Harrington goes on to say that when we are deprived of the rebirth vision, we suffer recurring spells of detachment, with either violence or apathy to follow. “And so the twin detachments of violence and apathy, side by side, are growing stronger and advancing within us.”  He mentions riots in Detroit, Johannesburg, and other cities and says that “behind the proud and gleeful faces of the rioters, the raging countenances, the expressions of abandon, greed, and hatred, the contempt, and derisive laughter, can be detected the face of people desperate to be reborn.”

As with so many others, Harrington found television to be a great escape from boredom, the human condition, and thoughts of death.  “It carries me instantly to other worlds and zones of being where death is not real,” he explains.  “In my side-by-side worlds of my living room and the passing television scene (with TV Guide to help) we look out passively on eternal games. The family sits with gods and goddesses on late-night shows listening to them talk, watching them grow angry and argue and laugh together.”

He sees sports as possibly the best simulators of eternal life that humanity has available to it. “Sport is death-free play, and games shut out death,” he explains. “We have the commonly recognized but still quite amazing circumstance that for masses of people around the world, the outcome of football, baseball, soccer, basketball, and boxing matches can sometimes be far more important than actual wars and revolutions.”  He claims that the madness of spectators and the dedication of the players can best be understood if such games are viewed as man-made immortality rites. “The stadium turns into a pit of the gods in which heroes fight to become divine. And trailing behind them come the legions – all of us, fans and spectators – who derive our being, our excellence, and our own worthiness to be converted into gods from the performance of our heroic representatives.”

Harrington’s book was published four years before the Pulitzer Prize-winning book, The Denial of Death, by anthropologist Ernest Becker, and I recall no reference to Becker’s earlier book in Harrington’s book; however, they both seem to be of the same mindset.  It has been some years since I read Becker’s classic, but I’m fairly certain that he, too, completely ignores the psychical research carried out by the aforementioned scientists.  Both Becker and Harrington seem to assume that science has killed off God and that the idea of consciousness surviving death went with it. My guess is that both authors had heard of the research, but knew little of it and heedlessly dismissed it as being in the same venue as the “superstitious” religious afterlife.  Whatever references they had were no more than precursors of today’s Wikipedia and they were not about to waste time on such “ridiculous” research.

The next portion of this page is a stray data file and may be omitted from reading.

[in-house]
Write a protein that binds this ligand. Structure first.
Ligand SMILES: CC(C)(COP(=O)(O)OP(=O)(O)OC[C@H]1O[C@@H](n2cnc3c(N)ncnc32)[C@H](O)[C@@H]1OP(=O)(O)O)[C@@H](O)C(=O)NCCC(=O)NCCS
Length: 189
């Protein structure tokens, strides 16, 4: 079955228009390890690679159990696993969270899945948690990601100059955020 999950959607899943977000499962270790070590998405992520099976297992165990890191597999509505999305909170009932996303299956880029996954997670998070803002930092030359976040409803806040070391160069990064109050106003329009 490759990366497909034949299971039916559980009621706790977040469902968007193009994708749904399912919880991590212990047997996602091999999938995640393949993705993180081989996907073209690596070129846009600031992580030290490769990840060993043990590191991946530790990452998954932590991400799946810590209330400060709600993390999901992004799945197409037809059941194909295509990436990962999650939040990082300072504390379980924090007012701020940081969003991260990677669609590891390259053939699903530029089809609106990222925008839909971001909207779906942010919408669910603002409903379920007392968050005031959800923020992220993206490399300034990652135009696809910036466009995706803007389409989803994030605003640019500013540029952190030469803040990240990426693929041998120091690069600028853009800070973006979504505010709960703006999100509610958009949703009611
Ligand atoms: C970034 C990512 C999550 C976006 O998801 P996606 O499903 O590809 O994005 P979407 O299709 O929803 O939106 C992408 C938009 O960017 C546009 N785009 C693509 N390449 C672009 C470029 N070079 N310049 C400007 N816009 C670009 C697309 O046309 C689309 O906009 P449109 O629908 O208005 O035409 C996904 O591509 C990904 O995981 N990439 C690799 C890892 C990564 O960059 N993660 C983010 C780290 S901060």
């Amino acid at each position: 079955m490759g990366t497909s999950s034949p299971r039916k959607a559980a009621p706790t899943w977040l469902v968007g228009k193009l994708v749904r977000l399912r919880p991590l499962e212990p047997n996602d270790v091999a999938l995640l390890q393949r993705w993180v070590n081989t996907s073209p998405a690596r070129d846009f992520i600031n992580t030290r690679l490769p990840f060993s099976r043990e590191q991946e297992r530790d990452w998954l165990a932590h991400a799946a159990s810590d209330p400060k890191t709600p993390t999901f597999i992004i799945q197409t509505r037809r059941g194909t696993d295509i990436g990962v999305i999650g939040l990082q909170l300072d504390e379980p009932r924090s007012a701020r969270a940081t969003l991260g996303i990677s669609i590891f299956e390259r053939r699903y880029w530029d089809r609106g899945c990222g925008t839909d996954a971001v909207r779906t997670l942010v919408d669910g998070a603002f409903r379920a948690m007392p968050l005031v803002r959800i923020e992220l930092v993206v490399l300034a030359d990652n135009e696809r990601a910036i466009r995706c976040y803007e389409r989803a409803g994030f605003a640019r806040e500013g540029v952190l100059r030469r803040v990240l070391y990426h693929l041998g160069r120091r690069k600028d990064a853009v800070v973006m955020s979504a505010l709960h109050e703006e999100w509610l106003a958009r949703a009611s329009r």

In searching for information on Harrington I came upon the Ernest Becker Foundation website and a 2009 article by Jason Silva discussing the “immortalism” of both Becker and Harrington.  “The mindset of the Immortalist is pretty simple and straightforward,” Silva offers. “Death is an abhorrent imposition on a species able to reflect and care about meaning. Creatures that love and dream and create and yearn for something meaningful, eternal and transcendent should not have to suffer despair, decay, and death. We are the arbiters of value in an otherwise meaningless universe…”

Silva mentions that Becker identified three main devices for man to sustain his sanity in dealing with death anxiety: the Religious, the Creative and the Romantic. The God solution was focused on having faith in God, but, Silva says, “God never came.”  The Creative solution had to do with leaving works of art behind for future generations to use and admire, while the Romantic solution called for turning our lovers into gods and goddesses.  The evidence for a larger world, or spirit world, as developed by the early psychical researchers, as well as modern-day researchers, doesn’t fit into any of them.  It is ignored, rejected, belittled.  It is assumed that it was all bunk, but anyone who has really studied the research knows that it offers a sure cure for death anxiety.  When will they ever see it?

Michael Tymn is the author of The Afterlife Revealed: What Happens After We Die, Resurrecting Leonora Piper: How Science Discovered the Afterlife, and Dead Men Talking: Afterlife Communication from World War I.
His latest book, No One Really Dies: 25 Reasons to Believe in an Afterlife is published by White Crow books.

Next blog post: July 3








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Is the Loneliness Epidemic Rooted in Nihilism?

Posted on 05 June 2023, 8:13

“Loneliness now a public epidemic, top doctor says.”  So reads the headline of an Associated Press article by Amanda Seitz appearing in the Honolulu Star-Advertiser on May 3, 2023. According to Dr. Vivek Murthy, the United States surgeon general, this widespread loneliness is said to be as deadly as smoking 15 cigarettes daily, while costing the health industry billions of dollars annually.